Access OData From Microsoft Power BI
Access OData From Microsoft Power BI
You can leverage OData and start creating valuable visualizations with public data in Microsoft's Power BI in less than 10 minutes.
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OData, or “SQL for the Web,” is REST-based and enables anyone to query data over the web. We leveraged SF OpenData’s OData feed and visualized it in PowerBI.
We gave you a guide to OData and information on getting started. But how can you actually use it? Is it as easy as we say it is? We explore these questions with a fun example from San Francisco’s OData feed, “Film Locations in San Francisco.” They are just one of many examples of local and federal governments leveraging open data for transparency and business value. With this tutorial, you can leverage OData and start creating valuable visualizations in under 10 minutes.
Before You Begin
Before you start, you will need a tool that can utilize an OData feed. Some common tools are Excel (2010 and after), Microsoft PowerQuery, and Microsoft PowerBI. Today, I will be using PowerBI. If you would like to follow along, grab a free trial of the tool here.
Note: If you would like to create an OData API for any cloud app or database yourself, learn how in our Hybrid Connectivity page.
Adding Your OData Feed
In the PowerBI interface, you will need to begin by adding your OData Feed. In the home ribbon, click on the box that says Get Data.
From here, you will choose OData Feed and will be prompted to add the feed in this box.
Go ahead and add fill in the OData endpoint for SF Open Data, https://data.sfgov.org/OData.svc/yitu-d5am, and hit OK.
Loading and Editing the Data
Once you have your OData endpoint set, you will see a preview screen where you can view the rows and columns you are adding. Hitting the Edit button allows you to parse your data and choose only what you want or need. In my case, I deleted the “fun_facts” column because it was not an easy column to visualize (due to it being non-formatted sentences).
If you are dealing with a larger data set, you will want to be sure to only load the data that you need. Depending on backend architecture (more on this later), the load time can vary dramatically between downloading a whole data set versus a filtered list. Once you are done editing your data, hit the Load button and apply your query.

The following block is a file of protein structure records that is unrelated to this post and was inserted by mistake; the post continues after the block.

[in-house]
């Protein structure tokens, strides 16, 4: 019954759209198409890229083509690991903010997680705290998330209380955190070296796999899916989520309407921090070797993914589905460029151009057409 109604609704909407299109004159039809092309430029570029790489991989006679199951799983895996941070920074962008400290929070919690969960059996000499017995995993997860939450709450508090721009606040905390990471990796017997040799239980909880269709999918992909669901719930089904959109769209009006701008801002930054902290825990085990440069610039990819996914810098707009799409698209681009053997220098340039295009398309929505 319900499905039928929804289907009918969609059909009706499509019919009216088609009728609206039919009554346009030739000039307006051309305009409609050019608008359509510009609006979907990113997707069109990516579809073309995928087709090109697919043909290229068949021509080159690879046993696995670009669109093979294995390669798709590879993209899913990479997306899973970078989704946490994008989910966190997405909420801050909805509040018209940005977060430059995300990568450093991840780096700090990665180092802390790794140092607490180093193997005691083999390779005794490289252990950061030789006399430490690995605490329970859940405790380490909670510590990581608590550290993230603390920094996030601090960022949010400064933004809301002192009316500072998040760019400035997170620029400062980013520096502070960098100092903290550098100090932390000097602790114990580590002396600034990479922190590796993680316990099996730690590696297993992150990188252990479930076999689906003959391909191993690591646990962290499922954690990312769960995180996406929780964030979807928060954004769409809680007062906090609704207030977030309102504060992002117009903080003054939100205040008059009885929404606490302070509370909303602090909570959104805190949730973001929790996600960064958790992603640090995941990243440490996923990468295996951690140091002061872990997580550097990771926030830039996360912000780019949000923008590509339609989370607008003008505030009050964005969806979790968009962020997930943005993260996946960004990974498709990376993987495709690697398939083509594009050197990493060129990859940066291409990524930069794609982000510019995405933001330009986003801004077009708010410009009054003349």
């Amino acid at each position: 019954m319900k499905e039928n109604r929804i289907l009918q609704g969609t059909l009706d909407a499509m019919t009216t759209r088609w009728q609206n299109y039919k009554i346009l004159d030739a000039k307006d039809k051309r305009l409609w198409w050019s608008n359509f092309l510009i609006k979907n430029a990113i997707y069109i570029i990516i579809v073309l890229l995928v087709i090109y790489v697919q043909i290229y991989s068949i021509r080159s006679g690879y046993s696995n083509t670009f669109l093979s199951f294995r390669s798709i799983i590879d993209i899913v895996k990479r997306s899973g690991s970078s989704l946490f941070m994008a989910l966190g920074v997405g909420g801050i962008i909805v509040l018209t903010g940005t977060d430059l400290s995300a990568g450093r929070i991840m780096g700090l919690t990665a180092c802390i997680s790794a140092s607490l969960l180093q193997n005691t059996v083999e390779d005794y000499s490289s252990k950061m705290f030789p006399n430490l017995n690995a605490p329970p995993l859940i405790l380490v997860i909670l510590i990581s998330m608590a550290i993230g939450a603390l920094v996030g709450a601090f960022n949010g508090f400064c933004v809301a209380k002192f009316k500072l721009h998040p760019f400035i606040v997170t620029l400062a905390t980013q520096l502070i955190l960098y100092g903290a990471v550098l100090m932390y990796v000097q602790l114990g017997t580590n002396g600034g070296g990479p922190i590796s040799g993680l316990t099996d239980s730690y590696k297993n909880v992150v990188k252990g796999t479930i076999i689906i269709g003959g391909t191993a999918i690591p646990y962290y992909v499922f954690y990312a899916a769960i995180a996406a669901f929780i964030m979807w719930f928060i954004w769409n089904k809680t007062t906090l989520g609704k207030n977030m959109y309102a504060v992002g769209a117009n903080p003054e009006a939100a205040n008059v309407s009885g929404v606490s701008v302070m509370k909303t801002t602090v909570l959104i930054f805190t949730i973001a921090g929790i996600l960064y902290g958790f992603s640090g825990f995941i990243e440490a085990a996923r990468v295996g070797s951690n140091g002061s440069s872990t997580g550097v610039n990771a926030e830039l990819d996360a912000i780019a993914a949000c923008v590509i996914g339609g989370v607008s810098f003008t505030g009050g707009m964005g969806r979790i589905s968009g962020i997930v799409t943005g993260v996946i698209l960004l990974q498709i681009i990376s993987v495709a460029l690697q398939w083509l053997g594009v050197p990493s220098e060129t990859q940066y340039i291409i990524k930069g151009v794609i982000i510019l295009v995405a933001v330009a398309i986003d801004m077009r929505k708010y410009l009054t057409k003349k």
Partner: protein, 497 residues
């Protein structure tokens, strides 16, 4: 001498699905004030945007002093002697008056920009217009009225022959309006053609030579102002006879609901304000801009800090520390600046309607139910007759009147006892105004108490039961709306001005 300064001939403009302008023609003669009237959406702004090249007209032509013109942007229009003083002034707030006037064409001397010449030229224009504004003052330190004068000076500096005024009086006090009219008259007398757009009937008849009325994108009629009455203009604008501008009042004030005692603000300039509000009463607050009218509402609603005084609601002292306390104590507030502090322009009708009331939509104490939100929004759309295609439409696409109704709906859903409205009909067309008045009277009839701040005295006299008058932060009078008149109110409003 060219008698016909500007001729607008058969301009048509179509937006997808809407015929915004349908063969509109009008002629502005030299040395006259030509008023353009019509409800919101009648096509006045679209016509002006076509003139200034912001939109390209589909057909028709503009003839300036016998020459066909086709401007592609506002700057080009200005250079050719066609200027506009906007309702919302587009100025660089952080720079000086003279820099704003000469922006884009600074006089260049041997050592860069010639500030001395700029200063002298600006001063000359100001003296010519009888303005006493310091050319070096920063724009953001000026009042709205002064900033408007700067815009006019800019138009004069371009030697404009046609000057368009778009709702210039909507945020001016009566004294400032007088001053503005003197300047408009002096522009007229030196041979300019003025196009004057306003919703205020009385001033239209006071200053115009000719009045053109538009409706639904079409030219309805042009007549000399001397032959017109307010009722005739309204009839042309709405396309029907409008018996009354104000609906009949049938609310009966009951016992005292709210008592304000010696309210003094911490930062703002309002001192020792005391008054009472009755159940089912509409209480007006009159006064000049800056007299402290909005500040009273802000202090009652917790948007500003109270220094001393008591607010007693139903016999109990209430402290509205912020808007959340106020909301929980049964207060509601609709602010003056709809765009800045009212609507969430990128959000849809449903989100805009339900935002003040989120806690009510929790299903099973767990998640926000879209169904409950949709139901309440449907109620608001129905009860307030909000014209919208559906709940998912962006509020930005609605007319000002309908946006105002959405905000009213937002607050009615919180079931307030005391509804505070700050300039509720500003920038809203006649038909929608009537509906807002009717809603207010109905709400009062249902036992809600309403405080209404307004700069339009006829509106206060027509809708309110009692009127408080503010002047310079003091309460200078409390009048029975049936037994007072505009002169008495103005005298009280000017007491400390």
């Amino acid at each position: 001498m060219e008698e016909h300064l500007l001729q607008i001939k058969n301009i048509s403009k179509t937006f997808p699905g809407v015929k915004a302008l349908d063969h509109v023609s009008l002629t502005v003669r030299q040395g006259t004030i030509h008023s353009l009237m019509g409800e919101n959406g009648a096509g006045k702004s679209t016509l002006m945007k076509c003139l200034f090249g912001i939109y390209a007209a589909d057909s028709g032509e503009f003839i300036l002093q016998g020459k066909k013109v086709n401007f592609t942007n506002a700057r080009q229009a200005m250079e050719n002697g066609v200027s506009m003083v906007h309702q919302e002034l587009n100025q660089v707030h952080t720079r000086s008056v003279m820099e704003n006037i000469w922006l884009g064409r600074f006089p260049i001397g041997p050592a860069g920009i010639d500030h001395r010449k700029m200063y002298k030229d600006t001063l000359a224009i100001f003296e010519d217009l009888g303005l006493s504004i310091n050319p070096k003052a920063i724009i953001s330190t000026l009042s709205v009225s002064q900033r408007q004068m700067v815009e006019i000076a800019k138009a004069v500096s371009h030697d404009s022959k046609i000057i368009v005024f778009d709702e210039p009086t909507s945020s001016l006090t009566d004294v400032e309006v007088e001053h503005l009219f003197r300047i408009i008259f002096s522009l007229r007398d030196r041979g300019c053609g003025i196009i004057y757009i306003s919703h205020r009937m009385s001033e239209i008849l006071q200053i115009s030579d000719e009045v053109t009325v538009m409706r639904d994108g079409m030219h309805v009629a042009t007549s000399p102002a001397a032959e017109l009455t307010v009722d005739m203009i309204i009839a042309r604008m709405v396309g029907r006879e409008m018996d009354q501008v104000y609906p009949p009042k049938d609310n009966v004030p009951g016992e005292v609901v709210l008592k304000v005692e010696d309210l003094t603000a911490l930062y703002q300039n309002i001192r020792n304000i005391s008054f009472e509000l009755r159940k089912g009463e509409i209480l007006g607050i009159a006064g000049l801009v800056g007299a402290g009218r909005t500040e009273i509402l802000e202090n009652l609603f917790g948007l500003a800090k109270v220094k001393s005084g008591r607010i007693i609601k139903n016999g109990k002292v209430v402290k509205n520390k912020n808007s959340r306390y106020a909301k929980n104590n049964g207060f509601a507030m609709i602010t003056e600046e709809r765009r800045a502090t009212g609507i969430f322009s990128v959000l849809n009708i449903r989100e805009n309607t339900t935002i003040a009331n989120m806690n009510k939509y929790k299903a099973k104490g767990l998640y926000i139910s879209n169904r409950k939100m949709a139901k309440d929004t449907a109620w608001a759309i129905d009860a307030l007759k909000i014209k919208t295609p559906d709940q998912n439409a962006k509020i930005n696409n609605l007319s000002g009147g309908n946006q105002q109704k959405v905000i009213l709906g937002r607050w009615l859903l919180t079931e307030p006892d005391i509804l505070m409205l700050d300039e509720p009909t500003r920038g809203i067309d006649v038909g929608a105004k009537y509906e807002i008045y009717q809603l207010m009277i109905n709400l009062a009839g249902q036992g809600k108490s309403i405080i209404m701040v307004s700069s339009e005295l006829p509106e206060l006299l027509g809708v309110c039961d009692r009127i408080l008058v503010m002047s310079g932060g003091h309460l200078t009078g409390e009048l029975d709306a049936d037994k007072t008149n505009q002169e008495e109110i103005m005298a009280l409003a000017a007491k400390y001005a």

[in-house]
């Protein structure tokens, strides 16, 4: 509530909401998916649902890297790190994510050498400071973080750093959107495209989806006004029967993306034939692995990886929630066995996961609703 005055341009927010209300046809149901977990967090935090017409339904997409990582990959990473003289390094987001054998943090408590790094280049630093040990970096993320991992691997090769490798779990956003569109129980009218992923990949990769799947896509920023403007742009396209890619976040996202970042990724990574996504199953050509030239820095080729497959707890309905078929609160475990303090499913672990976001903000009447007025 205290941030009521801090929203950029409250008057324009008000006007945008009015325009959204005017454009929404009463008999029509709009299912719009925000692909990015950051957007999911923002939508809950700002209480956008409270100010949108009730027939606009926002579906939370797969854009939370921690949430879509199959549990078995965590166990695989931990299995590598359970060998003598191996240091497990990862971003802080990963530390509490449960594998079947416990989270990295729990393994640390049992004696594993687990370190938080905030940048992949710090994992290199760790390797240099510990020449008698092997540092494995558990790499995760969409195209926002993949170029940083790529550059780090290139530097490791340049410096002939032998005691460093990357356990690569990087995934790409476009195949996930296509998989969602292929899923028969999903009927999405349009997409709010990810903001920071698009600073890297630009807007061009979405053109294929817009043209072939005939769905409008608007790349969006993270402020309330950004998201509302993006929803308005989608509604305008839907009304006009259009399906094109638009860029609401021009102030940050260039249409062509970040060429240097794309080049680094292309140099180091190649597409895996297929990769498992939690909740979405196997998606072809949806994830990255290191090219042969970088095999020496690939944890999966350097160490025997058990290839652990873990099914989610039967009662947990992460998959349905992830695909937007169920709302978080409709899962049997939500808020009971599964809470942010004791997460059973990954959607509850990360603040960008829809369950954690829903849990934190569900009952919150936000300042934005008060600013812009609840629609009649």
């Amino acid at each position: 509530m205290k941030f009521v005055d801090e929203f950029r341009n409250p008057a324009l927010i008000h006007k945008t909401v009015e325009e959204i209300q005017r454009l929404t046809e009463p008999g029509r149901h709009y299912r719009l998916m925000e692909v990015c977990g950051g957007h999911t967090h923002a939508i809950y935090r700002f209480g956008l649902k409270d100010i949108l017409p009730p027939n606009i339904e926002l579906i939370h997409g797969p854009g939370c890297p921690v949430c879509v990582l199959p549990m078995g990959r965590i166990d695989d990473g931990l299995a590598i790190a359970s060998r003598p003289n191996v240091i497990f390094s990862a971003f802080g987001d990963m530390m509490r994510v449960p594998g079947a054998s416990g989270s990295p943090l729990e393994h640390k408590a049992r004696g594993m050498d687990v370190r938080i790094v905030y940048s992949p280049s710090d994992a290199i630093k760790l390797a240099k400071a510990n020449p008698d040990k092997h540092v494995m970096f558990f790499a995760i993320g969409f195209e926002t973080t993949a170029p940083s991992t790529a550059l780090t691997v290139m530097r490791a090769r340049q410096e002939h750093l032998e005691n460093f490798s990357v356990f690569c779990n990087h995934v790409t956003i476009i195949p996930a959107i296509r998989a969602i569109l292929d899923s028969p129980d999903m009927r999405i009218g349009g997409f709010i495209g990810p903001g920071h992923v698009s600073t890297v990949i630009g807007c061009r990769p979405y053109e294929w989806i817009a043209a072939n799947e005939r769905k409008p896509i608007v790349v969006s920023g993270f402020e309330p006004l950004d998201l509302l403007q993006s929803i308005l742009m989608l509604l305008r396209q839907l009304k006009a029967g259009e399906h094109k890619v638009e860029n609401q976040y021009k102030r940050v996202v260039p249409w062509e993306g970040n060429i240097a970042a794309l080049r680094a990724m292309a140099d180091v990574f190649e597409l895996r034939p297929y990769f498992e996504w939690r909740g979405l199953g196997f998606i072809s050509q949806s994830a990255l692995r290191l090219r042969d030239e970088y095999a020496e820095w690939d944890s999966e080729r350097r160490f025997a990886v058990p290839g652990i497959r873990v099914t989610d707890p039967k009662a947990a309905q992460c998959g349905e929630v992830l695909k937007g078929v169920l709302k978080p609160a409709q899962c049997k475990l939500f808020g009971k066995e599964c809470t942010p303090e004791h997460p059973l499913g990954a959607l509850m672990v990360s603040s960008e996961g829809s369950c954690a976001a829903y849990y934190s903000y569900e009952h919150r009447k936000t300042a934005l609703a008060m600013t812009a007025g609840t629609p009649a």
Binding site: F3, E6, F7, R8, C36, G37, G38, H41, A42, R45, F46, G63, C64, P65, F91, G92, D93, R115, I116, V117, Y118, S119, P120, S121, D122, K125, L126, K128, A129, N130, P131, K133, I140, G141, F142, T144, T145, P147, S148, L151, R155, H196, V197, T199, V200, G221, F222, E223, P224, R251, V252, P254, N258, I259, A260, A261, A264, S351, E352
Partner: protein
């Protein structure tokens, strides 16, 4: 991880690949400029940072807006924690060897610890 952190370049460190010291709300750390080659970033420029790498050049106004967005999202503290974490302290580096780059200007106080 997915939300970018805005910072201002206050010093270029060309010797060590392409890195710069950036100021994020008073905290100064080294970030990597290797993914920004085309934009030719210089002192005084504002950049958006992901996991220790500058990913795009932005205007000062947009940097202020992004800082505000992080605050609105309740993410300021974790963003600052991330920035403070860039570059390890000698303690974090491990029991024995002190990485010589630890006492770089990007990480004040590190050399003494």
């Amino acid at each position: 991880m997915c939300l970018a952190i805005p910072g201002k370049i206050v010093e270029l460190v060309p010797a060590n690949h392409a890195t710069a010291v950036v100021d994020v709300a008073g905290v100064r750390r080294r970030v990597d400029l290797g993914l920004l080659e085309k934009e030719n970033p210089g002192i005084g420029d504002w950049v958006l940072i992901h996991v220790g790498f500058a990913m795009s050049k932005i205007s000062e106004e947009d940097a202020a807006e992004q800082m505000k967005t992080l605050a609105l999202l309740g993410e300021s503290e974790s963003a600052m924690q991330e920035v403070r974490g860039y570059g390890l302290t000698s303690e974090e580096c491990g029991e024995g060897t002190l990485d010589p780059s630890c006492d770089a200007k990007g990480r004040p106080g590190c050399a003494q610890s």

Once your data has loaded, you should see your data loaded into the data view of PowerBI and it should look like this:
Visualizing Your Data
Now is the fun part! Let’s visualize the data we just brought in through the OData feed! Due to most of this dataset being string variables, I used treemaps and pie charts. I also leveraged the location data and visualized the filming locations within San Francisco using the map visualization.
Count of Locations by Director
In this visualization, we can see the top film directors based on the number of locations they have filmed in San Francisco. Notice some of the big names! Woody Allen, the Wachowskis, Clint Eastwood, and Alfred Hitchcock to name a few. When I saw this list, I was curious on why Andrew Haigh had so many film locations as opposed to more popular directors. It turns out that this list also includes episodes for TV shows, and the top positions were shows based in San Francisco.
Count of Locations by Title
In this visualization, we leveraged PowerBI’s pie chart visualization to see which titles had the most filming locations in the city. We can see how this chart relates to the count of locations by director in that Andrew Haigh’s show “Looking” is the most popular on this list. Are any of these movies or shows top on your list to watch soon? Let us know in the comments. I am always looking for suggestions!
In this visualization, I used the “Maps” to visualize all of the data in the location column on Bing Maps. One issue I ran into with this that is worth noting is that the formatting is not formatted like a normal address with numbers and zip codes. This caused some of the locations to be seen in multiple places in the U.S., so I decided to only show the locations that were specifically found in San Francisco.
Experiment With More Public Feeds
If you want more public data feeds to experiment with, the list below is a great place to start! OData.org has a great list as well in their live services section.
Published at DZone with permission of Austin Hellman , DZone MVB. See the original article here.
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